The DISPLACEMENT, D x is the change from one position to another, i.e., D x= x 2 -x 1 . Positive values of D x represent motion in the positive direction (increasing values of x , i.e. left to right looking into the page), while negative values correspond to decreasing x. x =.
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another, i.e., Dx= x2-x1. Positive values of Dx represent motion in
the positive direction (increasing values of x, i.e. left to right looking
into the page), while negative values correspond to decreasing x.
-3 -2 -1 0 1 2 32: Motion in a Straight Line
Position and Displacement.
To locate the position of an object we need to define this RELATIVE
to some fixed REFERENCE POINT, which is often called the
In the one dimensional case (i.e. a straight
line), the origin lies in the middle of an
AXIS (usually denoted as the ‘x’-axis)
which is marked in units of length.
Note that we can also define
NEGATIVE co-ordinates too.
Displacement is a VECTOR quantity. Both its size (or ‘magnitude’)
AND direction (i.e. whether positive or negative) are important.
We can describe the position of an
object as it moves (i.e. as a function
of time) by plotting the x-position
of the object (Armadillo!) at different
time intervals on an (x , t) plot.
The average SPEED is simply the
total distance travelled (independent
of the direction or travel) divided by
the time taken. Note speed is a
SCALAR quantity, i.e., only its
magnitude is important (not its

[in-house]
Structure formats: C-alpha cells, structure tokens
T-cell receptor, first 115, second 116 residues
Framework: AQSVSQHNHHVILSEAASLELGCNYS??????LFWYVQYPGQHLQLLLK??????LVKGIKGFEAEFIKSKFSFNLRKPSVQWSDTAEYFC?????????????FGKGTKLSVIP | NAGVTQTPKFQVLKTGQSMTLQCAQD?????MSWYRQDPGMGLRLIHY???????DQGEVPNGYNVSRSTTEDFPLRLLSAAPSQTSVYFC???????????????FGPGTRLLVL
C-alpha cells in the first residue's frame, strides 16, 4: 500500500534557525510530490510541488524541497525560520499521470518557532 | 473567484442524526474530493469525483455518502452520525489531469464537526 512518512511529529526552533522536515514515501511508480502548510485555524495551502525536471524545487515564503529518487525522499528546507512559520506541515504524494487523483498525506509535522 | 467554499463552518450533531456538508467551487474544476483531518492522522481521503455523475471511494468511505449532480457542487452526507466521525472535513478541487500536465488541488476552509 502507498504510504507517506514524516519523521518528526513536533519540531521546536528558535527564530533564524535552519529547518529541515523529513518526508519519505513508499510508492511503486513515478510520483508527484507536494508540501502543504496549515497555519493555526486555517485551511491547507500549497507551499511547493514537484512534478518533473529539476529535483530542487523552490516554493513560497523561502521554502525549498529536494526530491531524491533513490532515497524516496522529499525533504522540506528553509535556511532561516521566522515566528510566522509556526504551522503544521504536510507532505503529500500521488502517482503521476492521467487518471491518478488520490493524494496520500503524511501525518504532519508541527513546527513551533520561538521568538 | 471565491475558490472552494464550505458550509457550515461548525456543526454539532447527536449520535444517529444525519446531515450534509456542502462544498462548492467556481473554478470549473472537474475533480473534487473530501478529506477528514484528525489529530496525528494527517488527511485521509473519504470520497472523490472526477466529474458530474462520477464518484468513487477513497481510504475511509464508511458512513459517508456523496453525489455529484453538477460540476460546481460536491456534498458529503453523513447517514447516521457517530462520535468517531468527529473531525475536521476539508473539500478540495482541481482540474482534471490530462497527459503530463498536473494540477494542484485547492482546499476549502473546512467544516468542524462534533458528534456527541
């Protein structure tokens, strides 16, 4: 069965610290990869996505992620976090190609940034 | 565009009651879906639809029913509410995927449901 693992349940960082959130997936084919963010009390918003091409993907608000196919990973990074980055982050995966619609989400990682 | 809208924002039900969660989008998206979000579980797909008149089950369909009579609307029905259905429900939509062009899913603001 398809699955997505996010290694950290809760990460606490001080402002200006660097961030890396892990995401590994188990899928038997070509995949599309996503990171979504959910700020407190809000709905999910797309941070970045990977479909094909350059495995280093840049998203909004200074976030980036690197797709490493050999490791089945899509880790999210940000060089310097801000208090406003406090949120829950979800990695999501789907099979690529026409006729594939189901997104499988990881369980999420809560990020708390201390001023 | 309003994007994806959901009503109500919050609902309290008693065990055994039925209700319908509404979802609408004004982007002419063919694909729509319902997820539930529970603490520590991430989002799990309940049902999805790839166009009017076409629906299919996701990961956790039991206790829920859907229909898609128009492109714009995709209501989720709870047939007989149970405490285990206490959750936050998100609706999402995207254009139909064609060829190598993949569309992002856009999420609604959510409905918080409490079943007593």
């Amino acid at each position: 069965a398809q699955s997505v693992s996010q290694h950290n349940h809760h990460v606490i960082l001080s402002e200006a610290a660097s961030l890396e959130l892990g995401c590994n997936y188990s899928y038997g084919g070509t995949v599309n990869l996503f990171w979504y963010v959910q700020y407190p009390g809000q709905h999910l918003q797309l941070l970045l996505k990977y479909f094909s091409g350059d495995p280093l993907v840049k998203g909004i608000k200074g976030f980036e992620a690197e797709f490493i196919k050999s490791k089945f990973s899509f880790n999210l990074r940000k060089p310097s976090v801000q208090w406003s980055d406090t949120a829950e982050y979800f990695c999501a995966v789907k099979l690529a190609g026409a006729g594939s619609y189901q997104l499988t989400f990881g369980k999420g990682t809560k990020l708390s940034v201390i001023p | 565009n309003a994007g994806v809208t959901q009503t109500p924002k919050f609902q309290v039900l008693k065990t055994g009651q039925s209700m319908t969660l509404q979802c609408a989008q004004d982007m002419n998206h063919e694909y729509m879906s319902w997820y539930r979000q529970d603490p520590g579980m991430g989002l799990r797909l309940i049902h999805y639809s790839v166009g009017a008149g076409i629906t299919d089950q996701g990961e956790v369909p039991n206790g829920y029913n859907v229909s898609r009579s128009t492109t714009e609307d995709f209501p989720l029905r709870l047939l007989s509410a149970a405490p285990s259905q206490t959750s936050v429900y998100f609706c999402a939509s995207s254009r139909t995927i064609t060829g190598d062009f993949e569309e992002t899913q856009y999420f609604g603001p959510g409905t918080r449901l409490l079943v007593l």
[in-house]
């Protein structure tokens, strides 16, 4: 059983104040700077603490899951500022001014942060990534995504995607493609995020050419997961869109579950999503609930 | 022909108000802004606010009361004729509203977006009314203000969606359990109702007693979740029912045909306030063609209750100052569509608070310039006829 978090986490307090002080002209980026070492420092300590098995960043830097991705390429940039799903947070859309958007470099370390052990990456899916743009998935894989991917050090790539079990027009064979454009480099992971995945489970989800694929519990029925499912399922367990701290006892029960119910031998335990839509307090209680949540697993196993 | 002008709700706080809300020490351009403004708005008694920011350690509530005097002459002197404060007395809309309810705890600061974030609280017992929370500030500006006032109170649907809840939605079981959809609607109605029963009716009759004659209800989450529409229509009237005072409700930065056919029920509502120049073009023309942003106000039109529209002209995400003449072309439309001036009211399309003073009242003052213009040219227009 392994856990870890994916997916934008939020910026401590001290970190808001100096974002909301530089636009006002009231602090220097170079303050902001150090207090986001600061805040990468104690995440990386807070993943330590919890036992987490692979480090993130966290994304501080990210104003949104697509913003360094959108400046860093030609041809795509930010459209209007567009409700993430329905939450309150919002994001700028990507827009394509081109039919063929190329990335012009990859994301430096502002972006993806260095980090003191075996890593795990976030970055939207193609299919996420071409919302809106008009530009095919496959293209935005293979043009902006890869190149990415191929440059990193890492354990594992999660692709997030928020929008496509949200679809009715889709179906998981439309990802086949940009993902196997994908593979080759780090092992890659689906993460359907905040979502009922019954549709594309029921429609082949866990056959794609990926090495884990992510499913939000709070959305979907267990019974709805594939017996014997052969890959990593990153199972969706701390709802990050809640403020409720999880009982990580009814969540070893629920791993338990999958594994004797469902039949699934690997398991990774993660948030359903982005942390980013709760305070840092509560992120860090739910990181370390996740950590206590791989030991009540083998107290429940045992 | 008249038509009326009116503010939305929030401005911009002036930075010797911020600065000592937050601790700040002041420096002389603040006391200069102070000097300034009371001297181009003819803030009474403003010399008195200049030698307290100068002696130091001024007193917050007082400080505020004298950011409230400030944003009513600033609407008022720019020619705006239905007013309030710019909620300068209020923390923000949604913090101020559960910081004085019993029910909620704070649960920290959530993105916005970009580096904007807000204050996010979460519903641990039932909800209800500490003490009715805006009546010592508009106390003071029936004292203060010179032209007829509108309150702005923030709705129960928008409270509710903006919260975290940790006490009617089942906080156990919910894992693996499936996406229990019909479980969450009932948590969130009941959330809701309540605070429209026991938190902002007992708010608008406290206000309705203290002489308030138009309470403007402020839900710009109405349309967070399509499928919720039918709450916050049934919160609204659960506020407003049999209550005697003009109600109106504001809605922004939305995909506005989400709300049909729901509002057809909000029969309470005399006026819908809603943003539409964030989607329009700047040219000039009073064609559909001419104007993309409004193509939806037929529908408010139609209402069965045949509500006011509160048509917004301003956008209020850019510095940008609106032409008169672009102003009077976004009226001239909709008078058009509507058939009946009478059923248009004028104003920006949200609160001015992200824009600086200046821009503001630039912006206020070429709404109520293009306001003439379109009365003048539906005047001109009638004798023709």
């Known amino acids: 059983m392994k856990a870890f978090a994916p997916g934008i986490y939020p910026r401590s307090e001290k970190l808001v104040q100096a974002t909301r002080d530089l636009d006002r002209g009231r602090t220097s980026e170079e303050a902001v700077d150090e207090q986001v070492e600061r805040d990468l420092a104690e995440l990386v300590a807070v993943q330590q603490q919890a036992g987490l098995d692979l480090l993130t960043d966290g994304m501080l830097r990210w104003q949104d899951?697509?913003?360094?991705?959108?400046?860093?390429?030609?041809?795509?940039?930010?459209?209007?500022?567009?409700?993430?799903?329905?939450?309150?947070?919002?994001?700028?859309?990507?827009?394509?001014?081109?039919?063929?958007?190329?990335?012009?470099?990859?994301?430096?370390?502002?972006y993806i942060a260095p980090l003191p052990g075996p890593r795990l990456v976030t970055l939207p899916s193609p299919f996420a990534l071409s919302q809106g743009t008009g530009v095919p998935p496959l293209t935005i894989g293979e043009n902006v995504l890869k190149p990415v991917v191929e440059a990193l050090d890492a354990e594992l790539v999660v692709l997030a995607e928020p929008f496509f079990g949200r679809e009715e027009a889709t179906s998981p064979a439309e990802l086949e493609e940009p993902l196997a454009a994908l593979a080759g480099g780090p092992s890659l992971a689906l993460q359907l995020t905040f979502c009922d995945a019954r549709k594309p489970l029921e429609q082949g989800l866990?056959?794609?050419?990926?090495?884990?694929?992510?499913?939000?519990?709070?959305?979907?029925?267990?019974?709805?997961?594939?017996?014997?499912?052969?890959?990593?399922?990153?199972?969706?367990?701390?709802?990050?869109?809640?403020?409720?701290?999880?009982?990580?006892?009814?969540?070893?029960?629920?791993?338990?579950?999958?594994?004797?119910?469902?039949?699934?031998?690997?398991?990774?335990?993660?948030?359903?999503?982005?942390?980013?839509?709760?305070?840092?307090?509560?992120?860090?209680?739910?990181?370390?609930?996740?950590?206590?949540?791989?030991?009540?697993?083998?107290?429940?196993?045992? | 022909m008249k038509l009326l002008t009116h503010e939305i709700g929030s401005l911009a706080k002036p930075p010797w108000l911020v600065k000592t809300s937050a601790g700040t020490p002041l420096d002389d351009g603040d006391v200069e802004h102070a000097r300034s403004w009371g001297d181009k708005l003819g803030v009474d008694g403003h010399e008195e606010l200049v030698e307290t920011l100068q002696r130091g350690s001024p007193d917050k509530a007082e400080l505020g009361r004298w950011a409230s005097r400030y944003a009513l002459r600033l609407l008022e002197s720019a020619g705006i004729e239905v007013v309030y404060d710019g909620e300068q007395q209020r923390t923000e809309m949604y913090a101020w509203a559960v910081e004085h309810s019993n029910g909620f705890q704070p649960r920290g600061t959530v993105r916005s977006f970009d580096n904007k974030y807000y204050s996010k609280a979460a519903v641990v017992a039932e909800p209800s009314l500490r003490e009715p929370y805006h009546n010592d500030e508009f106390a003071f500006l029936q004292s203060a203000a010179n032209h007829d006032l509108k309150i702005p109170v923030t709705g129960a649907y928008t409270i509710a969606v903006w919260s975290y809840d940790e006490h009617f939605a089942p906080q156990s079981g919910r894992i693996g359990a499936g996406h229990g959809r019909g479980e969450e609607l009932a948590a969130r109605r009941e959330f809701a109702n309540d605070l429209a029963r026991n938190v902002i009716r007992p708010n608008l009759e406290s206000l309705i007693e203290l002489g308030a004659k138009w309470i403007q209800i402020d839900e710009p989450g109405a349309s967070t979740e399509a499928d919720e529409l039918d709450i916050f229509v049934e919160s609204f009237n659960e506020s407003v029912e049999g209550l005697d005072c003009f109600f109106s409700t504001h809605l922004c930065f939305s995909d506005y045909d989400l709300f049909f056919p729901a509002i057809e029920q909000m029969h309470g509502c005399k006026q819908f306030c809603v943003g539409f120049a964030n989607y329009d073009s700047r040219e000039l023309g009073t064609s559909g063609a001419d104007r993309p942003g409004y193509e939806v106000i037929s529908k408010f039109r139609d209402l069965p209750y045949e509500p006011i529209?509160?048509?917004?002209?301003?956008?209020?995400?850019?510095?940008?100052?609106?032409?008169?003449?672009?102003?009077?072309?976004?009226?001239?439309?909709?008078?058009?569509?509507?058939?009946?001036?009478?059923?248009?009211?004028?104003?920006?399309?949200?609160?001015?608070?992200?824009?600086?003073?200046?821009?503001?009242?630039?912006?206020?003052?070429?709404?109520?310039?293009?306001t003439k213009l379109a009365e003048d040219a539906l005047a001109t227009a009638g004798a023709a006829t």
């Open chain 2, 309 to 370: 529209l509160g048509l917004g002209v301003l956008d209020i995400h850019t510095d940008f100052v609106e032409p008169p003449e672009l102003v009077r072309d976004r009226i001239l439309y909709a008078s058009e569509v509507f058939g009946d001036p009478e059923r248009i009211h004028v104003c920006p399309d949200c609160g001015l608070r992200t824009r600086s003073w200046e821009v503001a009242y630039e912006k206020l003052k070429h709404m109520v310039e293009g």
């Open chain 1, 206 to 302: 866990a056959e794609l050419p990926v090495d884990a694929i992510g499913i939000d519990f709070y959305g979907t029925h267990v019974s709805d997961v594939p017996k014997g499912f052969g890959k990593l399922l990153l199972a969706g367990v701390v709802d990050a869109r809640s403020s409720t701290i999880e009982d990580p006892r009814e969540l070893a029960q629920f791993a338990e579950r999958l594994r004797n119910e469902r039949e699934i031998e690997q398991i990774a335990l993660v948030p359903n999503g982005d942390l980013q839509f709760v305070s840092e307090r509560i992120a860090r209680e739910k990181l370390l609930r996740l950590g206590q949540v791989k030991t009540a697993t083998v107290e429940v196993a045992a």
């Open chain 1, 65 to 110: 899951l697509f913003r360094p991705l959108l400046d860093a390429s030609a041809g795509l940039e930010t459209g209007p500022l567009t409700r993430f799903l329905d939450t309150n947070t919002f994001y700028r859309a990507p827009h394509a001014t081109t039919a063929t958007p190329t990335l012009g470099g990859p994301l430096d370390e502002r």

From HRW p15
by the displacement (Dx) divided
by the time taken for this
displacement to occur (Dt).
The SLOPE of the (x,t) plot gives average VELOCITY.
Like displacement, velocity is a
VECTOR with the same sign as
The INSTANTANEOUS VELOCITY
is the velocity at a specific
moment in time, calculated by making
Dt infinitely small (i.e., calculus!)
is given by a, where,
SI unit of acceleration is
metres per second squared (m/s2)
Acceleration is a change in
velocity (Dv) in a given time (Dt).
The average acceleration, aav,
is given by
that the acceleration is a
constant, we can derive a set
of equations in terms of the
Constant Acceleration and the Equations of Motion
For some types of motion (e.g., free
fall under gravity) the acceleration
is approximately constant, i.e., if
v0 is the velocity at time t=0, then
Usually in a given problem, three of these quantities are given
and from these, one can calculate the other two from the following
equations of motion.
At the surface of the earth, neglecting any effect due to air resistance
on the velocity, all objects accelerate towards the centre of earth
with the same constant value of acceleration.
This is called FREE-FALL ACCELERATION, or ACCELERATION
DUE TO GRAVITY, g.
At the surface of the earth, the magnitude of g = 9.8 ms-2
Note that for free-fall, the equations of motion are in the y-direction
(i.e., up and down), rather than in the x direction (left to right).
Note that the acceleration due to gravity is always towards the centre
of the earth, i.e. in the negative direction, a= -g = -9.8 ms-2
initial position is y0=0 and
at the max. height vm a x=0
Therefore, time to max height from
A man throws a ball upwards with an initial velocity of 12ms-1.
(a) how long does it take the ball to reach its maximum height ?
(b) what’s the ball’s maximum height ?
release point ?
Note that there are TWO SOLUTIONS here (two different ‘roots’ to
the quadratic equation). This reflects that the ball passes the same
point on both the way up and again on the way back down.